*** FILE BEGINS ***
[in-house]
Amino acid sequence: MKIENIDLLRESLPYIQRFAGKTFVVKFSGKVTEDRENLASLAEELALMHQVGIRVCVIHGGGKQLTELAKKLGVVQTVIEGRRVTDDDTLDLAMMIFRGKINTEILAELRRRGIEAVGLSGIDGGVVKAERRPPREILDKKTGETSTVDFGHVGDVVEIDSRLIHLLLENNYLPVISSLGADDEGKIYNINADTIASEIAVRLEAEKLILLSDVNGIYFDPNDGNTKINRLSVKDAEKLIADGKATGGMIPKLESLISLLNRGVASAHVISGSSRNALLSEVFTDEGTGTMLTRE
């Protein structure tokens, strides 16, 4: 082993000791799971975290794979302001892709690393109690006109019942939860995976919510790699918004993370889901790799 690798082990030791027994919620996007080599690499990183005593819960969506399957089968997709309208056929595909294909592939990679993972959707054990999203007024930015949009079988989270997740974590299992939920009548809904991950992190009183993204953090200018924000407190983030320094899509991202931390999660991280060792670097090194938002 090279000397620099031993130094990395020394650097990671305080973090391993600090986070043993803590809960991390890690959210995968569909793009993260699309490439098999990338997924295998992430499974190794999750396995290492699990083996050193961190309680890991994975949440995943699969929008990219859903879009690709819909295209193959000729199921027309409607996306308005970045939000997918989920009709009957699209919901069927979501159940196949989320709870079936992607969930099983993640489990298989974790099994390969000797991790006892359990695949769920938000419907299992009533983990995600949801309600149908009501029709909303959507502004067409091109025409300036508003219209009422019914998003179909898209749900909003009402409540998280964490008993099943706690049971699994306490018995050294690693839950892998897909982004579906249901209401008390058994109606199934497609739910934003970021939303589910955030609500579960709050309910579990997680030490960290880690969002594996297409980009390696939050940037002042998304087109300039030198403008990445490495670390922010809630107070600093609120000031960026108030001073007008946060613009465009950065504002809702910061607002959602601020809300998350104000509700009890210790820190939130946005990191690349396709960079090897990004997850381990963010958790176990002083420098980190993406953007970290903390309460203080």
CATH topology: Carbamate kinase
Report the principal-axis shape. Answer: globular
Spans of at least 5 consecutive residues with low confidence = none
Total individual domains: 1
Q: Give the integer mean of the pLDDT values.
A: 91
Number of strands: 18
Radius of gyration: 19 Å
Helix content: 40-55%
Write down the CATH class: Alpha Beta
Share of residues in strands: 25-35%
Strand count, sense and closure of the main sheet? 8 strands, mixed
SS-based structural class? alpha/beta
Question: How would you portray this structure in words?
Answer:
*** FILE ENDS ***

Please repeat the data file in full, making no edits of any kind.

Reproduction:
[in-house]
Amino acid sequence: MKIENIDLLRESLPYIQRFAGKTFVVKFSGKVTEDRENLASLAEELALMHQVGIRVCVIHGGGKQLTELAKKLGVVQTVIEGRRVTDDDTLDLAMMIFRGKINTEILAELRRRGIEAVGLSGIDGGVVKAERRPPREILDKKTGETSTVDFGHVGDVVEIDSRLIHLLLENNYLPVISSLGADDEGKIYNINADTIASEIAVRLEAEKLILLSDVNGIYFDPNDGNTKINRLSVKDAEKLIADGKATGGMIPKLESLISLLNRGVASAHVISGSSRNALLSEVFTDEGTGTMLTRE
């Protein structure tokens, strides 16, 4: 082993000791799971975290794979302001892709690393109690006109019942939860995976919510790699918004993370889901790799 690798082990030791027994919620996007080599690499990183005593819960969506399957089968997709309208056929595909294909592939990679993972959707054990999203007024930015949009079988989270997740974590299992939920009548809904991950992190009183993204953090200018924000407190983030320094899509991202931390999660991280060792670097090194938002 090279000397620099031993130094990395020394650097990671305080973090391993600090986070043993803590809960991390890690959210995968569909793009993260699309490439098999990338997924295998992430499974190794999750396995290492699990083996050193961190309680890991994975949440995943699969929008990219859903879009690709819909295209193959000729199921027309409607996306308005970045939000997918989920009709009957699209919901069927979501159940196949989320709870079936992607969930099983993640489990298989974790099994390969000797991790006892359990695949769920938000419907299992009533983990995600949801309600149908009501029709909303959507502004067409091109025409300036508003219209009422019914998003179909898209749900909003009402409540998280964490008993099943706690049971699994306490018995050294690693839950892998897909982004579906249901209401008390058994109606199934497609739910934003970021939303589910955030609500579960709050309910579990997680030490960290880690969002594996297409980009390696939050940037002042998304087109300039030198403008990445490495670390922010809630107070600093609120000031960026108030001073007008946060613009465009950065504002809702910061607002959602601020809300998350104000509700009890210790820190939130946005990191690349396709960079090897990004997850381990963010958790176990002083420098980190993406953007970290903390309460203080």
CATH topology: Carbamate kinase
Report the principal-axis shape. Answer: globular
Spans of at least 5 consecutive residues with low confidence = none
Total individual domains: 1
Q: Give the integer mean of the pLDDT values.
A: 91
Number of strands: 18
Radius of gyration: 19 Å
Helix content: 40-55%
Write down the CATH class: Alpha Beta
Share of residues in strands: 25-35%
Strand count, sense and closure of the main sheet? 8 strands, mixed
SS-based structural class? alpha/beta
Question: How would you portray this structure in words?
Answer: